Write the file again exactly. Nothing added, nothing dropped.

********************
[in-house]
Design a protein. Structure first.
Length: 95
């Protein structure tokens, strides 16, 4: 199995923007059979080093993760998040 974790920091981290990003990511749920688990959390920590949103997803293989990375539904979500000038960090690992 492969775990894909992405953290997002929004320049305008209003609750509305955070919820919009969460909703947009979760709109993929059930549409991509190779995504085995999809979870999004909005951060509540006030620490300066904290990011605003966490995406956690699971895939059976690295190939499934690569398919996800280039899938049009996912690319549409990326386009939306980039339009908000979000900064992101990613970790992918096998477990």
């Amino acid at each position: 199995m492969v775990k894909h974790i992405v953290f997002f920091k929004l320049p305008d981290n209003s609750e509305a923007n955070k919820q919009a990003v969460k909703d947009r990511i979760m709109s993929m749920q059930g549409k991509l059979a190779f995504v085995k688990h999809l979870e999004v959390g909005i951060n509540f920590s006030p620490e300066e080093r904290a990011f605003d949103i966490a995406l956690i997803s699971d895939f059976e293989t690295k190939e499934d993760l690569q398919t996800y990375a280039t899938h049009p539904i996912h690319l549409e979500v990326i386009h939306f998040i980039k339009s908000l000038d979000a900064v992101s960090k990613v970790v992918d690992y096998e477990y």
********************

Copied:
[in-house]
Design a protein. Structure first.
Length: 95
């Protein structure tokens, strides 16, 4: 199995923007059979080093993760998040 974790920091981290990003990511749920688990959390920590949103997803293989990375539904979500000038960090690992 492969775990894909992405953290997002929004320049305008209003609750509305955070919820919009969460909703947009979760709109993929059930549409991509190779995504085995999809979870999004909005951060509540006030620490300066904290990011605003966490995406956690699971895939059976690295190939499934690569398919996800280039899938049009996912690319549409990326386009939306980039339009908000979000900064992101990613970790992918096998477990």
């Amino acid at each position: 199995m492969v775990k894909h974790i992405v953290f997002f920091k929004l320049p305008d981290n209003s609750e509305a923007n955070k919820q919009a990003v969460k909703d947009r990511i979760m709109s993929m749920q059930g549409k991509l059979a190779f995504v085995k688990h999809l979870e999004v959390g909005i951060n509540f920590s006030p620490e300066e080093r904290a990011f605003d949103i966490a995406l956690i997803s699971d895939f059976e293989t690295k190939e499934d993760l690569q398919t996800y990375a280039t899938h049009p539904i996912h690319l549409e979500v990326i386009h939306f998040i980039k339009s908000l000038d979000a900064v992101s960090k990613v970790v992918d690992y096998e477990y």